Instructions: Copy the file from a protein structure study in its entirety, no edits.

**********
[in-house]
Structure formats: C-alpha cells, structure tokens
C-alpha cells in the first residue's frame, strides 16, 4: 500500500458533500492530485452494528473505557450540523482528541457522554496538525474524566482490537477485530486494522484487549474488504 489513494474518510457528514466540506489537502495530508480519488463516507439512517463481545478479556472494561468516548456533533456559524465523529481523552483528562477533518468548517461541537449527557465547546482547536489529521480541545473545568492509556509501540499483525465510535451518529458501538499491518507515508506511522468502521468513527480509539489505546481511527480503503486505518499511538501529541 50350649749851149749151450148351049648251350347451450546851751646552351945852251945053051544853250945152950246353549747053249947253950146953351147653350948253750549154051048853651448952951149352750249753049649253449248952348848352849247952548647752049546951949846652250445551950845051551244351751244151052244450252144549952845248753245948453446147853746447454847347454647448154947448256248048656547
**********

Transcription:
[in-house]
Structure formats: C-alpha cells, structure tokens
C-alpha cells in the first residue's frame, strides 16, 4: 500500500458533500492530485452494528473505557450540523482528541457522554496538525474524566482490537477485530486494522484487549474488504 489513494474518510457528514466540506489537502495530508480519488463516507439512517463481545478479556472494561468516548456533533456559524465523529481523552483528562477533518468548517461541537449527557465547546482547536489529521480541545473545568492509556509501540499483525465510535451518529458501538499491518507515508506511522468502521468513527480509539489505546481511527480503503486505518499511538501529541 50350649749851149749151450148351049648251350347451450546851751646552351945852251945053051544853250945152950246353549747053249947253950146953351147653350948253750549154051048853651448952951149352750249753049649253449248952348848352849247952548647752049546951949846652250445551950845051551244351751244151052244450252144549952845248753245948453446147853746447454847347454647448154947448256248048656547